The negative thus produced is a lens, having all the properties normally associated with a lens when illuminated by monochromatic light. For example, a parallel beam of monochromatic light, incident on the negative, will be brought to a focus at a multiplicity of points in a plane at some distance from the negative. These points may be regarded as the focal points of the ys eye lens for that particular wavelength light. Similarly, the negative will form a multiplicity of real images of an object illuminated with monochromatic light. Thus, the negative is a lens, but more particularly, it is a flys eye lens.

Having produced a ys eye lens in the manner described, an array of spots corresponding to the point sources used to form the hologram can be reconstructed simply by shining light through the hologram in the reverse direction. As described by Leith and Upatnieks, in the portion of their article cited above, the captured waves are, in effect, released from the hologram record, whereupon they proceed onward, oblivious to the time lapse in their history.

In the particular illustration given by Leith and Upatnieks, a virtual image is produced by means of a reconstruction beam which impinges upon their hologram in the same direction as the reference beam that was used to produce the hologram. A real image can also be reproduced, however, by means of a reconstruction beam that is incident upon the ys eye lens in a direction opposite to that of the reference beam. Means for doing this are illustrated in FIG. 3 which shows the flys eye lens 30 exposed to a beam of light C derived from a monochromatic light source 31, preferably a laser source.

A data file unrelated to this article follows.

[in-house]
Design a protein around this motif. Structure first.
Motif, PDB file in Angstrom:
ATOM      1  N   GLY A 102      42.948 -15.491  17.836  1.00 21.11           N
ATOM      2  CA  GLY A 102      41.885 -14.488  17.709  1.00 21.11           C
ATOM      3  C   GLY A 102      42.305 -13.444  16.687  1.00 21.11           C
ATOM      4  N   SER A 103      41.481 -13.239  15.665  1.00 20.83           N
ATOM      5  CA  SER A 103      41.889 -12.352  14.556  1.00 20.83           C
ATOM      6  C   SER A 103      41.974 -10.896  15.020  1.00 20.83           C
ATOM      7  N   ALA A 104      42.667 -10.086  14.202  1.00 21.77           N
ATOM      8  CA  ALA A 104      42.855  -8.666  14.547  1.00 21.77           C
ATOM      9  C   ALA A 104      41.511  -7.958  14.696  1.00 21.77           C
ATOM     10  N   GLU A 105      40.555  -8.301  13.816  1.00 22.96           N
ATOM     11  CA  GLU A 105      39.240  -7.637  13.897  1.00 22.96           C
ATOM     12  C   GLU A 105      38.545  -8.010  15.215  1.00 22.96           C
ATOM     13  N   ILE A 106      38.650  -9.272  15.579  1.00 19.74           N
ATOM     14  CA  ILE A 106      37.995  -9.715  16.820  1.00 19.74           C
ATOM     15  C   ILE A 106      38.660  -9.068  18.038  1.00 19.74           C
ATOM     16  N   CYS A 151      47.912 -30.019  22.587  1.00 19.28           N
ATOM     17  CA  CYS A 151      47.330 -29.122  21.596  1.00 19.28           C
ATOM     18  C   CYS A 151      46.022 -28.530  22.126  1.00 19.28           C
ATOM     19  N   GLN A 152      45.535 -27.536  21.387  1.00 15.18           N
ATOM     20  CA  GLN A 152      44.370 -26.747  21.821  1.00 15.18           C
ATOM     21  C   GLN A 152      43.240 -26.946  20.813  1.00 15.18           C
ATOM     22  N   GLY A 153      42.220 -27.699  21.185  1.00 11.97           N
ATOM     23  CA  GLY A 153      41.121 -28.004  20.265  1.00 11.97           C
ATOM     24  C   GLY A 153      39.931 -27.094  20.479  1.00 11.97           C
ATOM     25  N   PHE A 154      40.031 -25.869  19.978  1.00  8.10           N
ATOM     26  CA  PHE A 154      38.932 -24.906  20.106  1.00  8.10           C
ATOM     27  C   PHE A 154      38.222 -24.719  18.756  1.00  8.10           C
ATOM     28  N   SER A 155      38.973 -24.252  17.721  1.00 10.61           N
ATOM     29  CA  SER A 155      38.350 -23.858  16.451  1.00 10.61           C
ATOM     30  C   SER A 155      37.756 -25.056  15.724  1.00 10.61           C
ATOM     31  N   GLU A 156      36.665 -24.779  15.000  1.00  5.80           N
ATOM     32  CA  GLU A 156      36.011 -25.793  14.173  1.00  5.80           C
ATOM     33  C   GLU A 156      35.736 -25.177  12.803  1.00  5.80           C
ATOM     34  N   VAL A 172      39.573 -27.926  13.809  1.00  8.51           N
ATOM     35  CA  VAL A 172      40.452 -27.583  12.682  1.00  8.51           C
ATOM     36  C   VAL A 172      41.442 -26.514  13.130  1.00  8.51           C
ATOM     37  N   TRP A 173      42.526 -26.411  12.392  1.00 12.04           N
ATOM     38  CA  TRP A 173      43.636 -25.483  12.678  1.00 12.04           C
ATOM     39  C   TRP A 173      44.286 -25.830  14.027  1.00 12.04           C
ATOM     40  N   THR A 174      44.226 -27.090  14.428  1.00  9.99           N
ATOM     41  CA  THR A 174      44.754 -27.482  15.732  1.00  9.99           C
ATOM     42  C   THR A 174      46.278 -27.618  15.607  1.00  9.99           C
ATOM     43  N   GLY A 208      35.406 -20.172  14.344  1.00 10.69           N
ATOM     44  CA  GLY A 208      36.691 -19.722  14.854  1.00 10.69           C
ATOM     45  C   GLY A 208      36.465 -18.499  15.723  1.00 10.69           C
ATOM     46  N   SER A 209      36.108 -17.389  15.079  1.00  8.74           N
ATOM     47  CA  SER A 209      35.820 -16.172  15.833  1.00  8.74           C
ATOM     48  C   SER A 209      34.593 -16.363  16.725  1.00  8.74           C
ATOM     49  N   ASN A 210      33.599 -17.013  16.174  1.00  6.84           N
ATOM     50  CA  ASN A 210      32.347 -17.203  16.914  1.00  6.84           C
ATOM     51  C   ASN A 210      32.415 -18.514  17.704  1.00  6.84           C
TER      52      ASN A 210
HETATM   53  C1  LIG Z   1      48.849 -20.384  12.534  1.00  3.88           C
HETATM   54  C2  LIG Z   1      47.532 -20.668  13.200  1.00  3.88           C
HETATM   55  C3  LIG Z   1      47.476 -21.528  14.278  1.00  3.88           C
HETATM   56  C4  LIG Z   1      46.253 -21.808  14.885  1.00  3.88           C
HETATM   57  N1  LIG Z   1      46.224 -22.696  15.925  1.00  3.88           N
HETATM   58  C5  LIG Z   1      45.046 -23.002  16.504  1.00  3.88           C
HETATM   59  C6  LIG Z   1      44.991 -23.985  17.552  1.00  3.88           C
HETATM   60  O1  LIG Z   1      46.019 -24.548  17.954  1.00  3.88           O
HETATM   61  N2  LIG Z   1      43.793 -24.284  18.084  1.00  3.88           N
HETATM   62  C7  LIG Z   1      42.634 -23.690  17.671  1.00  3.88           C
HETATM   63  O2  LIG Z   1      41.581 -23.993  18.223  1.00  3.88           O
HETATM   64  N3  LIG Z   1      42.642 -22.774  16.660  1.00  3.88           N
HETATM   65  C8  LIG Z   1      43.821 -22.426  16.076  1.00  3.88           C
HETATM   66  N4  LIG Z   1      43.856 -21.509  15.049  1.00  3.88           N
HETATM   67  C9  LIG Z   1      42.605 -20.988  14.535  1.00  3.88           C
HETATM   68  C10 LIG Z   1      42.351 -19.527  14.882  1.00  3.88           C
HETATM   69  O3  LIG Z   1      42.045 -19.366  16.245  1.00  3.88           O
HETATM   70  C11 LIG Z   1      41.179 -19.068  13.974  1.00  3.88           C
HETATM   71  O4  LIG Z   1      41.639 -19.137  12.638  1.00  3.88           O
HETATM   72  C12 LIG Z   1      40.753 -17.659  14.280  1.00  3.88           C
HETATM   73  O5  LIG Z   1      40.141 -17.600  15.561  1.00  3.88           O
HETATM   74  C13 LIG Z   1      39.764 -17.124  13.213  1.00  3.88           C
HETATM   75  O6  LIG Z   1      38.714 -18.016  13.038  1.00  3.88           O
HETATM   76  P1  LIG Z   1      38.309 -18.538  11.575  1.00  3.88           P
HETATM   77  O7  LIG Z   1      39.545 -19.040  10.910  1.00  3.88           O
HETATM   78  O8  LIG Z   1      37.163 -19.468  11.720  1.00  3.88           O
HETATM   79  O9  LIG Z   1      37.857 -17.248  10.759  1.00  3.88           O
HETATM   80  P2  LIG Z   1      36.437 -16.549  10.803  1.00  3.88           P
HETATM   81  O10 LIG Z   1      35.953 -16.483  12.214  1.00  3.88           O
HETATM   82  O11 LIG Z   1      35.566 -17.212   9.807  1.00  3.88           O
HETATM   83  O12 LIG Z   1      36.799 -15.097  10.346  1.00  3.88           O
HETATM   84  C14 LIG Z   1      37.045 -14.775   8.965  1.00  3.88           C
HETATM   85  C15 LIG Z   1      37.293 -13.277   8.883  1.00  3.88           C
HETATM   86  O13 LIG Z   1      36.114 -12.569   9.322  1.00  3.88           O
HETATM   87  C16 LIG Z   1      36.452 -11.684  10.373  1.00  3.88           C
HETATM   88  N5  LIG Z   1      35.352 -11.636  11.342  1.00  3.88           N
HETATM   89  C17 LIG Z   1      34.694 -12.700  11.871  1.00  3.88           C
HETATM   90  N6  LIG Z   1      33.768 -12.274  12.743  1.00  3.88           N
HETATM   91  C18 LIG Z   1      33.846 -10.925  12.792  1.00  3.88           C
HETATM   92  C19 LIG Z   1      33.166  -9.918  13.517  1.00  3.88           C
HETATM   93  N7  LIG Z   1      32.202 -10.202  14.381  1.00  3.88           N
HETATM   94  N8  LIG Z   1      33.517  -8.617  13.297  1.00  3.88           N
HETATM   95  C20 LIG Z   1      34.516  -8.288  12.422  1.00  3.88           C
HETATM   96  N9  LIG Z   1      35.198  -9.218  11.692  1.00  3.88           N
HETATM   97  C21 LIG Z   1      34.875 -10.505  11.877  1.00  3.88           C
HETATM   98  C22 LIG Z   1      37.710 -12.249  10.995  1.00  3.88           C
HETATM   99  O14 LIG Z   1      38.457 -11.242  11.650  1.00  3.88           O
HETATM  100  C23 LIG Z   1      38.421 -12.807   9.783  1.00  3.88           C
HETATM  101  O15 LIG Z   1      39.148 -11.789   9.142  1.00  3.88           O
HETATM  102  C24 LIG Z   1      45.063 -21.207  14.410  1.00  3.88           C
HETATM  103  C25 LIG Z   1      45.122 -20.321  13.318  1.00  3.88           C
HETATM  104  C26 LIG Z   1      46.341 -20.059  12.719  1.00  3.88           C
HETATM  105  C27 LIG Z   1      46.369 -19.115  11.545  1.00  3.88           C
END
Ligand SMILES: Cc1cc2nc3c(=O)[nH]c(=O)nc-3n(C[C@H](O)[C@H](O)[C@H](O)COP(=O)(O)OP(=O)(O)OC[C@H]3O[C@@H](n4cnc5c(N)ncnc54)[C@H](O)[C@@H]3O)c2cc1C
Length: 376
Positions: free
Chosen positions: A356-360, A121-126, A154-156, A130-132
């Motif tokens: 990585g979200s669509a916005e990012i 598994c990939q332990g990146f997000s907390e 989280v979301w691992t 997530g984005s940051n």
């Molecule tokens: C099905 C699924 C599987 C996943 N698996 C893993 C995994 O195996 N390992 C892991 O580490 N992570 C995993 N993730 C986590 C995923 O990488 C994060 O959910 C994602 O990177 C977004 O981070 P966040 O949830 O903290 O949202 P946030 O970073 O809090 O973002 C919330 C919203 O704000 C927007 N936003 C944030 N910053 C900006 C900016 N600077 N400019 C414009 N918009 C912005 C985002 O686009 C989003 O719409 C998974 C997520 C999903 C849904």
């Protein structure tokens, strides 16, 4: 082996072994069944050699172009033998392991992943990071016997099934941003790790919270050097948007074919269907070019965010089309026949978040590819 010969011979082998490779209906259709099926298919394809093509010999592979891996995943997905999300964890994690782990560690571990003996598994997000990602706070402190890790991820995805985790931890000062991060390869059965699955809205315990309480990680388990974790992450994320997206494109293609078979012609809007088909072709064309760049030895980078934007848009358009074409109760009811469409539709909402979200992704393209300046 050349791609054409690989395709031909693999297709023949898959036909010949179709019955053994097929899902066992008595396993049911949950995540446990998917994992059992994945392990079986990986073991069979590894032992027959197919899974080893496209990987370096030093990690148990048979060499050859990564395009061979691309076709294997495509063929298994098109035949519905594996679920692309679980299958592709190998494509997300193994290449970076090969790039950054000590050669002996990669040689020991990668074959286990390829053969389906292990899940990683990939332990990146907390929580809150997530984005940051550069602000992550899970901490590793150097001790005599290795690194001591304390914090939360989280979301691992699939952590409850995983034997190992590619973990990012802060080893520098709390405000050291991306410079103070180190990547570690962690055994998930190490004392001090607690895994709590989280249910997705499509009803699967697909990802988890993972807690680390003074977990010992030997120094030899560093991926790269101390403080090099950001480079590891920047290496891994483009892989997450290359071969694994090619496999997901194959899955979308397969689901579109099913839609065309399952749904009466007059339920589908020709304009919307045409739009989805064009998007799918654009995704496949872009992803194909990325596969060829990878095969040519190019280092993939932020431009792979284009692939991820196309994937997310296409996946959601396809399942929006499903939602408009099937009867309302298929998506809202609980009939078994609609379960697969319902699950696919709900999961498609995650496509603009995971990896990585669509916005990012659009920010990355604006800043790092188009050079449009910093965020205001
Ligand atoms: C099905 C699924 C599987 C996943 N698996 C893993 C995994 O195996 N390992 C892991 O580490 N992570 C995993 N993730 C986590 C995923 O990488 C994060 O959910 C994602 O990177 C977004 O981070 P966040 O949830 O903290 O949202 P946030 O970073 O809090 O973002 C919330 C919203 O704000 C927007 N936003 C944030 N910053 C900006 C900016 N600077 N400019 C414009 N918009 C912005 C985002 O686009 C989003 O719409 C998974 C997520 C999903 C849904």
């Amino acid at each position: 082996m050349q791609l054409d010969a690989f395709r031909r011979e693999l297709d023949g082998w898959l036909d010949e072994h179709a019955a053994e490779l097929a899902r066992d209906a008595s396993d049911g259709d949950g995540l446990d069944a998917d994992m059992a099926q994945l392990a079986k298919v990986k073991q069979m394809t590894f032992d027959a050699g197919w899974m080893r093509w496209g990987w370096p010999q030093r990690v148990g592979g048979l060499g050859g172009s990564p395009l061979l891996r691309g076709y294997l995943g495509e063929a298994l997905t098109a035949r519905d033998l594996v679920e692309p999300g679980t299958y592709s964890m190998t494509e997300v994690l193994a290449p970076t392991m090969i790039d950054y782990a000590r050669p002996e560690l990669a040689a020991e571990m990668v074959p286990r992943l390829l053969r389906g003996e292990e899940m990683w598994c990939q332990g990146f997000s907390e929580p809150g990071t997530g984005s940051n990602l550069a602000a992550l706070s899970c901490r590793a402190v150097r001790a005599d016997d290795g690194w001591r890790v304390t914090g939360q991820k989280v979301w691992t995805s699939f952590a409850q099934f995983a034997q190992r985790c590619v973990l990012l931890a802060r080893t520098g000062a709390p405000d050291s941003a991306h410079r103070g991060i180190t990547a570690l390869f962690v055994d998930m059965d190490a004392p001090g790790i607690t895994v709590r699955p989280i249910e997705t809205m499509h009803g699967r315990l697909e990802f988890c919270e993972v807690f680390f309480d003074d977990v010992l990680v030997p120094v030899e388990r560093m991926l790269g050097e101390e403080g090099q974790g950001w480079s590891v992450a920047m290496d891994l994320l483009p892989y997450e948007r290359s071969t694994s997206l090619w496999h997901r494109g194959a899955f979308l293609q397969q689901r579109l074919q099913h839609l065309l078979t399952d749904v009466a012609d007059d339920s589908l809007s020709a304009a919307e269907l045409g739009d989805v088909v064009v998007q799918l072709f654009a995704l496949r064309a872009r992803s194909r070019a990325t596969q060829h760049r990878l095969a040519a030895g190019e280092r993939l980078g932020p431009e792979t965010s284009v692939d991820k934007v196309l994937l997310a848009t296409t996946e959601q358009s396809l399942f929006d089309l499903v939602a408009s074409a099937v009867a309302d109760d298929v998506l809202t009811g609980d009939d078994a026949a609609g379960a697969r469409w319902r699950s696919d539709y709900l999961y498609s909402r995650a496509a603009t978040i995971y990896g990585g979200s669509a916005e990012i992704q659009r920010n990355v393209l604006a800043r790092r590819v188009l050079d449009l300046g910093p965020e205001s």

An array of spots 32, are shown reproduced in the focal plane of the lens. It will be noted that the angle of incidence a made by the reconstruction beam C, is the same as the angle of incidence made by the reference beam B in FIG. l'.

If more than a simple array of spots is to be produced at a work piece, this additional information is imparted to the reconstruction beam, and appears as a multiplicity of real images at the work piece 33. As examples, the object information can be imparted to the reconstruction beam by means of a transparency 34, or in the form of a mask 35, having a particularly shaped aperture 36.

As noted previously, the focal plane x-y is made t lie outside of the reference beam. This was done so that upon reconstruction, the array of real images produced at the work piece likewise falls outside of that portion of the reconstruction beam that is not retracted as it passes through the hologram. Obviously, such unrefracted light would be an undesirable component, reducing the contrast and adding noises in the image plane.

While the reconstructing light is also monochromatic, it need not have the same wavelength as the light used to form the hologram. The use of light of a different wavelength merely shifts the location of the focal plane of the flys eye lens.

The degree of monochromaticity required for the above-described process depends upon the resolution required. Thus, a light source from a low pressure mercury discharge, suitably filtered, can al'so be used in certain cases.